Working in a flow state requires a distraction-free environment. So, turn your smartphone notifications off, put your phone out of sight or at least turn it over so you can’t see the screen, close all unnecessary browser tabs (email and social media), and put on your noise-canceling headphones.
If you want to reach peak levels of mental performance and increase productivity, you need to be disciplined about this.
On top of the information overload and outside distractions, most spend little time in a flow state because operating at a heightened mental capacity is energy-draining.
This is why it’s critical to do your flow state work when your mental energy levels are at their peak. For myself, that time is the early morning hours.
Most people fill their morning with scrolling their social media feeds, checking email, meetings, and other tasks that would be better handled in the afternoon. When you perform many of these lower-valued tasks before getting into your most valuable work, the brain has already depleted the energy necessary for entering into a flow state, thus severely limiting your focus and productivity.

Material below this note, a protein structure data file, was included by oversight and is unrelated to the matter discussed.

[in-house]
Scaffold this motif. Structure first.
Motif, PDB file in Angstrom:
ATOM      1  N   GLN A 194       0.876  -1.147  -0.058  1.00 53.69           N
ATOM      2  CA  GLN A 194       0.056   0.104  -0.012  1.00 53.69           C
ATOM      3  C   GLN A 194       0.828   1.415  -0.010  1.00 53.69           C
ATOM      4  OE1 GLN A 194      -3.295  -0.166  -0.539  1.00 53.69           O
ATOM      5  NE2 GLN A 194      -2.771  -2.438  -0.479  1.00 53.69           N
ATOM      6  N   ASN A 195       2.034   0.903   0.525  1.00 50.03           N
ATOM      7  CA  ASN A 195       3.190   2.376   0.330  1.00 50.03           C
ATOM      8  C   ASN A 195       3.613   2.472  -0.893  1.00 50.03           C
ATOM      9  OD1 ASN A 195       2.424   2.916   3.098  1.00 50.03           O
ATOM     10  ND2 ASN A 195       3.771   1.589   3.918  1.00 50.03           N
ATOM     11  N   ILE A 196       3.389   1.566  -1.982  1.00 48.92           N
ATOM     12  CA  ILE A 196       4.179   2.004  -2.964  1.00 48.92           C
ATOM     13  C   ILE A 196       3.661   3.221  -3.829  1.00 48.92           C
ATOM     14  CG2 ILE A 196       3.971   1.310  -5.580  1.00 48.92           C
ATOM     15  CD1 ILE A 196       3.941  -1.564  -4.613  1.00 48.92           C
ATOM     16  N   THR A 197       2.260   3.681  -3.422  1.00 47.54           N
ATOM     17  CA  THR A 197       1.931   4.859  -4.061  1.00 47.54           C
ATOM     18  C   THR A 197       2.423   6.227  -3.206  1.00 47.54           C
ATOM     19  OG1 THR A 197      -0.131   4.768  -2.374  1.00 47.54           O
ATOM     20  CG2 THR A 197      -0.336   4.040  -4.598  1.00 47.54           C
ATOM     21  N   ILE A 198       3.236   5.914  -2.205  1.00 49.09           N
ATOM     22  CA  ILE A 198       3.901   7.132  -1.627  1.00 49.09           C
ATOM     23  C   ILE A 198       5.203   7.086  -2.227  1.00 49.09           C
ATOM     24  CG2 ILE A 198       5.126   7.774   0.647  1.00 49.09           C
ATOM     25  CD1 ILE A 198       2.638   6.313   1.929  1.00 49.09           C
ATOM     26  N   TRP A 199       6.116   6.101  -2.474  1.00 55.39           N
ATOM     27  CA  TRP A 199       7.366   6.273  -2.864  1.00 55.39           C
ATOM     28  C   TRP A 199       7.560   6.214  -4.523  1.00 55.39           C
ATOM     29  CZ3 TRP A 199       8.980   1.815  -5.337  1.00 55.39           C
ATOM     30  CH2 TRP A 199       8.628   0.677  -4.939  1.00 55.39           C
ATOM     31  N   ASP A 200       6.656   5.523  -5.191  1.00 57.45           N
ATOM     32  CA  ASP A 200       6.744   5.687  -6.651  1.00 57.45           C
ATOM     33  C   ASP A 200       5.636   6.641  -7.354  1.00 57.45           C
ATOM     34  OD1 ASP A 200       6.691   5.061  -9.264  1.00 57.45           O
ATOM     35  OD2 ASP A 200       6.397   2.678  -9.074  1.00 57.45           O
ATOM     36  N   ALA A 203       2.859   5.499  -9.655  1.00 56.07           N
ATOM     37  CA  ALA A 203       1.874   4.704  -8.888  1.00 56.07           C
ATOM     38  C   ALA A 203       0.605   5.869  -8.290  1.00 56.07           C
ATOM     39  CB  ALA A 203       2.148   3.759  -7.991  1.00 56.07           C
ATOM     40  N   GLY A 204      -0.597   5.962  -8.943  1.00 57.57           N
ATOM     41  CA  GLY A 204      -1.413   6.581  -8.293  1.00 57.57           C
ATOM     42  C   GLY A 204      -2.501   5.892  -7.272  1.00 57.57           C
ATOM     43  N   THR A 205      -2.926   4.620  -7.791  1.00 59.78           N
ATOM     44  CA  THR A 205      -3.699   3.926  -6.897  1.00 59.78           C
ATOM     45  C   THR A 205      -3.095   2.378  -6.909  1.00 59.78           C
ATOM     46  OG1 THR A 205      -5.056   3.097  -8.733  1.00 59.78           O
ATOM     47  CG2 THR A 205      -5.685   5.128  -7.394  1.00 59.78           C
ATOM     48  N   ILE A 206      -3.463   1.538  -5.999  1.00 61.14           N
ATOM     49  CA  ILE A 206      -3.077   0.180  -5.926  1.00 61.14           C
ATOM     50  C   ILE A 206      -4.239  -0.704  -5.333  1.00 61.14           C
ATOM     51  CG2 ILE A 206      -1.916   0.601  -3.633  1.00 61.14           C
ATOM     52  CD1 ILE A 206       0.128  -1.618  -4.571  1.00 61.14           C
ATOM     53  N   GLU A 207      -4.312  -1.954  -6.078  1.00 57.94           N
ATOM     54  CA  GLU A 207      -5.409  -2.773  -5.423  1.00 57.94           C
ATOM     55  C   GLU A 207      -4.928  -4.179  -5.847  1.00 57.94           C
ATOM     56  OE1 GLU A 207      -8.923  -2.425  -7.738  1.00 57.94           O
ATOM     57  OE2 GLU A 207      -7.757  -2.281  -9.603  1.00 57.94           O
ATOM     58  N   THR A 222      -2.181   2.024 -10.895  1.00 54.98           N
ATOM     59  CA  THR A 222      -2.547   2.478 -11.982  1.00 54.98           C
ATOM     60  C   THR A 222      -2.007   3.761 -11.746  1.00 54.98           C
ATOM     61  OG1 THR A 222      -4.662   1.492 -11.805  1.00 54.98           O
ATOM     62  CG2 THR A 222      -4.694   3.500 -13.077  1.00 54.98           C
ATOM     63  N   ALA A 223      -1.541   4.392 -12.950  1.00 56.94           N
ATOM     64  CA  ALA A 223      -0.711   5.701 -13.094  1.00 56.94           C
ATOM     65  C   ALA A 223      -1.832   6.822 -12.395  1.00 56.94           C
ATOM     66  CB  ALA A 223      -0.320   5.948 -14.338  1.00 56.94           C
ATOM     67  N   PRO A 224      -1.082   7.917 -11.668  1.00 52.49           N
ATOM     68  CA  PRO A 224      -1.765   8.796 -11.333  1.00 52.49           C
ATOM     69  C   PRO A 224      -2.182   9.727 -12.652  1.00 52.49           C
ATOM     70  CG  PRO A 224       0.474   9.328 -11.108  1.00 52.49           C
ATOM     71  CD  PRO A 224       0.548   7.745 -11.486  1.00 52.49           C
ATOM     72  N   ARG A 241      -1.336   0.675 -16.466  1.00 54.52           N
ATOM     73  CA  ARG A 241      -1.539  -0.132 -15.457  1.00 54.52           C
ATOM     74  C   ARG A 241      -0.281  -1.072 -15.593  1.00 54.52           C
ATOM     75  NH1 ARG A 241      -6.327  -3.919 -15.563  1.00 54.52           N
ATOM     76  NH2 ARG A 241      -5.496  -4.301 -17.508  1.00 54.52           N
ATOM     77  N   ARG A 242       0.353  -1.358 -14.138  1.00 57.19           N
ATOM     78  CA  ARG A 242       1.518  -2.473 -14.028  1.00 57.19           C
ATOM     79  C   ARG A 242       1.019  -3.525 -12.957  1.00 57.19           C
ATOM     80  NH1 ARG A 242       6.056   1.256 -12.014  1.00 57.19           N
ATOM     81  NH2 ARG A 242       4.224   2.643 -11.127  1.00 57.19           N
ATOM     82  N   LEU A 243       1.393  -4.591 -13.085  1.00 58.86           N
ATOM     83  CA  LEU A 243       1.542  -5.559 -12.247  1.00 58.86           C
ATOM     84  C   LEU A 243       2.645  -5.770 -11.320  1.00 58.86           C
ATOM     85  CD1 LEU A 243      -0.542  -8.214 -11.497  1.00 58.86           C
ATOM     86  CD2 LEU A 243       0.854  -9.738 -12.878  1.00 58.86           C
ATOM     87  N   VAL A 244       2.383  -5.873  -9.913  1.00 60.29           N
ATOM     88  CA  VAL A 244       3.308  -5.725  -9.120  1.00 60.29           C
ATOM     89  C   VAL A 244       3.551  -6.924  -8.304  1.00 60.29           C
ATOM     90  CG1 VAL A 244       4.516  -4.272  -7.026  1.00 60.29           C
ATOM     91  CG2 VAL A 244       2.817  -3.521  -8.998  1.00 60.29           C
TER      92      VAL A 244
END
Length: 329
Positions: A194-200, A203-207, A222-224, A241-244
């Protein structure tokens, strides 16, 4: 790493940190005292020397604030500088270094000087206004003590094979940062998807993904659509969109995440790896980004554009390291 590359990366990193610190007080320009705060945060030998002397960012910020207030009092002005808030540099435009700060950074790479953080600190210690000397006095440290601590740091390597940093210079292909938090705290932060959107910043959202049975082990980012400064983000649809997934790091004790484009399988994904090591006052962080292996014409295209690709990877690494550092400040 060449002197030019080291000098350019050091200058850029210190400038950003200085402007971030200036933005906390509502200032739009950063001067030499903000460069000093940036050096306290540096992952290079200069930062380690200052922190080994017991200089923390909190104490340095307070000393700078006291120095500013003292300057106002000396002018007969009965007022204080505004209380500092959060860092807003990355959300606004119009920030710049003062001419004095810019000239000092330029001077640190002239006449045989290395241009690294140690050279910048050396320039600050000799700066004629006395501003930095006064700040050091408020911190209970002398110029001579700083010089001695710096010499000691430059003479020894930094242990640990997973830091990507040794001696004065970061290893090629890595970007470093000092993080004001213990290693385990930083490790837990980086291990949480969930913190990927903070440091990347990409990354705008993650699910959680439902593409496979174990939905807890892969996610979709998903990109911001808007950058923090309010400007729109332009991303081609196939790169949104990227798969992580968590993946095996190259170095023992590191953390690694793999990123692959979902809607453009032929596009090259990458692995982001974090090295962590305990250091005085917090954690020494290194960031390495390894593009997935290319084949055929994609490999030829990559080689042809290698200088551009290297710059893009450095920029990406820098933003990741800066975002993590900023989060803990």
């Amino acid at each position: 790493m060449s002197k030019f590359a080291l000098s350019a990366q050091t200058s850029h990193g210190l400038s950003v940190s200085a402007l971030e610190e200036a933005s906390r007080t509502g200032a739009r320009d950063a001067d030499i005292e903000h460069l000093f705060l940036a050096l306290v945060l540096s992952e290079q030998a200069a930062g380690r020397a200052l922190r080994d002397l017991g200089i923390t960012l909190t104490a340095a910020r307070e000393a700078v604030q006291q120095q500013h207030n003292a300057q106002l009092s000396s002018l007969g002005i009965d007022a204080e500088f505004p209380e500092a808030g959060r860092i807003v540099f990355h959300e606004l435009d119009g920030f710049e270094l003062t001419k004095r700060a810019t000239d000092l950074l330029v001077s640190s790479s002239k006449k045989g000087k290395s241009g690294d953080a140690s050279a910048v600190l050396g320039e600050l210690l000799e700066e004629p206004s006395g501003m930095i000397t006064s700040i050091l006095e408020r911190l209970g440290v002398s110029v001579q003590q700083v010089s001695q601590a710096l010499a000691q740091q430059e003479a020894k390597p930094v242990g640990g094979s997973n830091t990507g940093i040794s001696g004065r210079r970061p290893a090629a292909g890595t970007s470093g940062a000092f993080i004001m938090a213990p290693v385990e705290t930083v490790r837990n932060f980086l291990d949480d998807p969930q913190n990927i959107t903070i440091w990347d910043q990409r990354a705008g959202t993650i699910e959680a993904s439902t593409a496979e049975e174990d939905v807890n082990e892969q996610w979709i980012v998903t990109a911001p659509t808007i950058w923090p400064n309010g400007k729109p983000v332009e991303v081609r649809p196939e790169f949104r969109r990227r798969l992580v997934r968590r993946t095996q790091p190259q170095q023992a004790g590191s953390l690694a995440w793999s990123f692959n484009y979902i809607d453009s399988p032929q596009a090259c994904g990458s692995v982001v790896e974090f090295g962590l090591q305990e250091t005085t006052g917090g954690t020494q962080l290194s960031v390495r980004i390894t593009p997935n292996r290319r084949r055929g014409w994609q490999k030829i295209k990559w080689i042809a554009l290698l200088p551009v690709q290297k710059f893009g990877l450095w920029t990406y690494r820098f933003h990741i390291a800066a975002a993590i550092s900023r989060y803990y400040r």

My personal rule is that the morning is for content writing, and the afternoon is for editing other’s work and managing other admin tasks. Every morning, I protect 2 to 3 hours for deep, flow state work on getting my first article of the day edited and published and the second article started.
Then, I use the afternoon for rough drafting of my next day’s work as well as administrative work that requires less mental energy and focus. This rule has been a game-changer to my productivity.